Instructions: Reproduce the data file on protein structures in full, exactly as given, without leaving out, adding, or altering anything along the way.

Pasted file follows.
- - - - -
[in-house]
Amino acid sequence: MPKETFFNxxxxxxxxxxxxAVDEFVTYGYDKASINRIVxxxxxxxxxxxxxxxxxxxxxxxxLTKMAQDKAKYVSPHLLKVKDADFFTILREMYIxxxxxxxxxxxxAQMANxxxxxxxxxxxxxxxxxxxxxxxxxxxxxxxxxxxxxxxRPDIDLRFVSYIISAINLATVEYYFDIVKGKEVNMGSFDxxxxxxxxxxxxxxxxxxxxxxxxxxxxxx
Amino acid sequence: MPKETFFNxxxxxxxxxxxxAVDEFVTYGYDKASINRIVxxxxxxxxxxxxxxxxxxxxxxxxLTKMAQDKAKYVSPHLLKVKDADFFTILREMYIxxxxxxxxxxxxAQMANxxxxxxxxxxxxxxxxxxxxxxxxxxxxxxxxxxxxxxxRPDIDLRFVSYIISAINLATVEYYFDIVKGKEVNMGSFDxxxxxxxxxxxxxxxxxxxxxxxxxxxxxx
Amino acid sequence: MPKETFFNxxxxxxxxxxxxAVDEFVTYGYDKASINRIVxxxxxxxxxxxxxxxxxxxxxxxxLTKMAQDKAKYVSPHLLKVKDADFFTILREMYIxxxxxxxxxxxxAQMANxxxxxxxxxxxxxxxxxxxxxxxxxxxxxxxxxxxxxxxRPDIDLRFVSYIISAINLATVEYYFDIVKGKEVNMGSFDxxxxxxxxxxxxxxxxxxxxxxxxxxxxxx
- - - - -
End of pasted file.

[in-house]
Amino acid sequence: MPKETFFNxxxxxxxxxxxxAVDEFVTYGYDKASINRIVxxxxxxxxxxxxxxxxxxxxxxxxLTKMAQDKAKYVSPHLLKVKDADFFTILREMYIxxxxxxxxxxxxAQMANxxxxxxxxxxxxxxxxxxxxxxxxxxxxxxxxxxxxxxxRPDIDLRFVSYIISAINLATVEYYFDIVKGKEVNMGSFDxxxxxxxxxxxxxxxxxxxxxxxxxxxxxx
Amino acid sequence: MPKETFFNxxxxxxxxxxxxAVDEFVTYGYDKASINRIVxxxxxxxxxxxxxxxxxxxxxxxxLTKMAQDKAKYVSPHLLKVKDADFFTILREMYIxxxxxxxxxxxxAQMANxxxxxxxxxxxxxxxxxxxxxxxxxxxxxxxxxxxxxxxRPDIDLRFVSYIISAINLATVEYYFDIVKGKEVNMGSFDxxxxxxxxxxxxxxxxxxxxxxxxxxxxxx
Amino acid sequence: MPKETFFNxxxxxxxxxxxxAVDEFVTYGYDKASINRIVxxxxxxxxxxxxxxxxxxxxxxxxLTKMAQDKAKYVSPHLLKVKDADFFTILREMYIxxxxxxxxxxxxAQMANxxxxxxxxxxxxxxxxxxxxxxxxxxxxxxxxxxxxxxxRPDIDLRFVSYIISAINLATVEYYFDIVKGKEVNMGSFDxxxxxxxxxxxxxxxxxxxxxxxxxxxxxx